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Time to re-examine tree inspection regimes - Simon Jones & Susan Rands, BLM

11/01/19. In Witley Parish Council v Cavanagh [2018] EWCA Civ 2232, the claimant was seriously injured when a large mature lime tree fell across the road onto the single decker bus he was driving. The tree was on land owned by Witley Parish Council (“Witley”) which accepted that it owed a duty of care to act as a reasonable and prudent landowner and to undertake regular inspections.

The lime tree was set in the pavement of a busy public road, was adjacent to a bus stop and shelter, was close to property, leant towards the road, was over 20 metres high and was old and heavy.

It was not disputed that the tree had fallen due to extensive decay in the root system extending into the base of the trunk, with high winds being a contributory factor or trigger.

Witley inspected the trees on its land every three years and considered this to be reasonable even though there were previous recommendations for inspections to be carried out every two years. The claimant alleged that the inspections should have been carried out more frequently.

At first, instance the judge stated that the type of tree, its location and the consequences if it were to fall were of specific relevance. He concluded that the tree was in a high risk position and if it failed could cause serious injury and/or damage to nearby property.

The judge referred to the Forestry Commission Practice Guide (2000) (“the FC Guide”) in respect of a landowner’s duty regarding trees. Of consideration, is whether the tree was within falling distance of an area where there were people or high value property, whether there was a risk of serious injury and/or damage and whether this risk was reasonably foreseeable.

It was held that the lime tree, being in an extremely high risk position, should have been inspected at least every two years and ideally every 18 months when trees were in and out of leaf. Witley treated all of its trees with the same care but the judge found that there needed to be a nuanced approach taking account of the size, age, type and location of each tree.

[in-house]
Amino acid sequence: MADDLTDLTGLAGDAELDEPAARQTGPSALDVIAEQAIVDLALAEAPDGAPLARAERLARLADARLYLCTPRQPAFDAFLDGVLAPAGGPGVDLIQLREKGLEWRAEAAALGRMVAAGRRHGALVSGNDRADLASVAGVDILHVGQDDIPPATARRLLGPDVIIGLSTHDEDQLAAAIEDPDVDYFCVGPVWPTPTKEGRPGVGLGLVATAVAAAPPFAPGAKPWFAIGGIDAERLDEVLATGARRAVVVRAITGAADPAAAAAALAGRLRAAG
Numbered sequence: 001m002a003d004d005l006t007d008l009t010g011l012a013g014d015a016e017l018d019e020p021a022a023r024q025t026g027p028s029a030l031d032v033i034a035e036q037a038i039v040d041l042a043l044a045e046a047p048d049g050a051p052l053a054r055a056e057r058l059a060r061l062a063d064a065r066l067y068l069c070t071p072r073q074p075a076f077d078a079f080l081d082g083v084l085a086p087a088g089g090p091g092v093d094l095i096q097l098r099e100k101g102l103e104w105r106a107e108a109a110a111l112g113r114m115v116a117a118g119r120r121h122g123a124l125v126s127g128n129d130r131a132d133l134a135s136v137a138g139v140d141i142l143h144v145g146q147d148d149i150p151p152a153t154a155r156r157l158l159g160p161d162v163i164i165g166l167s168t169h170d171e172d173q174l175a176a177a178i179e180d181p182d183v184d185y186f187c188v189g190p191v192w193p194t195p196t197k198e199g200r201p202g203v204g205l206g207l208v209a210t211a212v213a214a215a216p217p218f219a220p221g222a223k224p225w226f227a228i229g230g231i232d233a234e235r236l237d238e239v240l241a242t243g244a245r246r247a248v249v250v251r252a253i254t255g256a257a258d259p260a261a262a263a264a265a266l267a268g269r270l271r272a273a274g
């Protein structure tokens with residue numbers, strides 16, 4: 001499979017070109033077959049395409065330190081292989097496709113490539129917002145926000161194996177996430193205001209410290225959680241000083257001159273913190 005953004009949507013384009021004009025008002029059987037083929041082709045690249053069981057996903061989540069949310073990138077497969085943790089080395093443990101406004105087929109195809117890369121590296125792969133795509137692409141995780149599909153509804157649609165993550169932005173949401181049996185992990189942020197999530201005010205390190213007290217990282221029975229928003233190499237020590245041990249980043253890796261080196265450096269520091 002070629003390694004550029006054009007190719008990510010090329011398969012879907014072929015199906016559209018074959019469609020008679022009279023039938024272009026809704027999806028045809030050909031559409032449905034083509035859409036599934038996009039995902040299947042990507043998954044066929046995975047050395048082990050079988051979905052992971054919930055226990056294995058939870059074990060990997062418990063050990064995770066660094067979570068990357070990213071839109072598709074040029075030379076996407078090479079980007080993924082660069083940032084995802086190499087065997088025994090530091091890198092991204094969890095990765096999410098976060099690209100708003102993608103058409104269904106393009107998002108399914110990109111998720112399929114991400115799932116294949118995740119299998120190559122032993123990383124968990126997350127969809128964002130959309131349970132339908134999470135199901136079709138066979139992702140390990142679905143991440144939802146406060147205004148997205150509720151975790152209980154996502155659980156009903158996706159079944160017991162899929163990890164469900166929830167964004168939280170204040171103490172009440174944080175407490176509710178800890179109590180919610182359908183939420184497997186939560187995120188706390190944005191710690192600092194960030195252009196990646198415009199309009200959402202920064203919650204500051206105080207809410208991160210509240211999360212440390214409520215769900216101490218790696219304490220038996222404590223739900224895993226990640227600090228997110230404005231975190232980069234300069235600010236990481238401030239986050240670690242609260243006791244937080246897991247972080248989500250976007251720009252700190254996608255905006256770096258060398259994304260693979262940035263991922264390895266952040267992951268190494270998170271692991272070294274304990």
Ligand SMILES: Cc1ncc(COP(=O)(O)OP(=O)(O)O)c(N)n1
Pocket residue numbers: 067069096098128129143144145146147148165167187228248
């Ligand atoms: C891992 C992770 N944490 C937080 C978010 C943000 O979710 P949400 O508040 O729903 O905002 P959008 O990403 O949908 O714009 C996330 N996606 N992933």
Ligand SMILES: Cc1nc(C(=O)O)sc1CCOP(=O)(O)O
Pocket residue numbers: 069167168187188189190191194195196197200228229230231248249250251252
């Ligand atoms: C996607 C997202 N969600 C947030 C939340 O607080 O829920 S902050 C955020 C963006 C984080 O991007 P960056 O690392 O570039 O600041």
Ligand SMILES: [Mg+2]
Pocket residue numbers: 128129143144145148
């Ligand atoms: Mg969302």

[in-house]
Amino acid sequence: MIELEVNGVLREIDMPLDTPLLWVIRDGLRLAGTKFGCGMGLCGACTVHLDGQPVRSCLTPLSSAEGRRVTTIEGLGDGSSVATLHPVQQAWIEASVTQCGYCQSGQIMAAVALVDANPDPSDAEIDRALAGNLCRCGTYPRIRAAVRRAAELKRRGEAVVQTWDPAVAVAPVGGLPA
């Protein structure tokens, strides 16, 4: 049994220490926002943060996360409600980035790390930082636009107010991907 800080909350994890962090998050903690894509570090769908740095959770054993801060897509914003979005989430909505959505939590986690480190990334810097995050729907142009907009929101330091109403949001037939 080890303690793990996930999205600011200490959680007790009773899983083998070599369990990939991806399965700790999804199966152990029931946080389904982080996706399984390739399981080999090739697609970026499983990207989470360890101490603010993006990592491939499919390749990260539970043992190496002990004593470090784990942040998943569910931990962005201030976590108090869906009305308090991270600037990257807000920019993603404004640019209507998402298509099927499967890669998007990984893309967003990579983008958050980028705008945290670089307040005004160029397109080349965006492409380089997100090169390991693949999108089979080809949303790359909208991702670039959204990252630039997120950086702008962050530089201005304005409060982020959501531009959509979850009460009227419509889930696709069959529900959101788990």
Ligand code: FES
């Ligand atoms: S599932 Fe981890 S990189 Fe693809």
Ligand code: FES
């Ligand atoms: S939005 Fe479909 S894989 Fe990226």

It was concluded that if Witley had inspected the tree more frequently (every 2 years or 18 months), the decay would have been discovered well in advance of the accident and the tree would have been felled or otherwise made safe. As a result, Witley was found liable for the claimant’s accident.

Witley appealed the decision in respect of the judge’s finding of fact and evaluation of the evidence. The Court of Appeal concluded that he had been entitled to reach his findings on the evidence and to rely on the FC Guide. As a result, the appeal was unsuccessful.

The Court of Appeal took the opportunity to reiterate the relevant legal principles in respect of a landowner’s duty in respect of trees. In these cases, there is a duty to actas a reasonable and prudent landowner and to act where there is an apparent danger. Although this should not amount to an unreasonable burden or force the landowner to act as the insurer of nature.

Also, there is a duty on a landowner to carry out inspections on a regular basis and in certain circumstances (including where there is some form of trigger), to arrange for fuller inspections to be undertaken by an arboriculturalist. In addition, the resources available to the householder may have relevance as to the way that this duty is discharged.

As a result of this judgment, councils and property owners with responsibility for a substantial number of trees, should fully re-examine their tree inspection regimes (in particular for roadside trees) taking into account the size, type and location of each and every tree and the risk to both people and property in the event of a failure. Any regime that simply involves treating tree stock as a whole, essentially a “one size fits all” inspection policy with no regard to specific risk is likely to be considered insufficient.

Landowners should review the FC guide and consider whether their policies and procedures are consistent with it – at the very least in relation to the type of tree that we are concerned with here.

In respect of the adequacy of an inspection regime, the fact that a tree appears healthy is largely irrelevant as greater consideration will be given to whether it is in a high risk location. Also, in cases of this nature, the courts will consider whether the risk of injury and/or damage was foreseeable, the likelihood of it occurring, the severity of the injury and/or damage that could result and what reasonably could have been done to minimise the risk.

Co-authored by casualty partner Simon Jones and commercial litigation associate Susan Rands.

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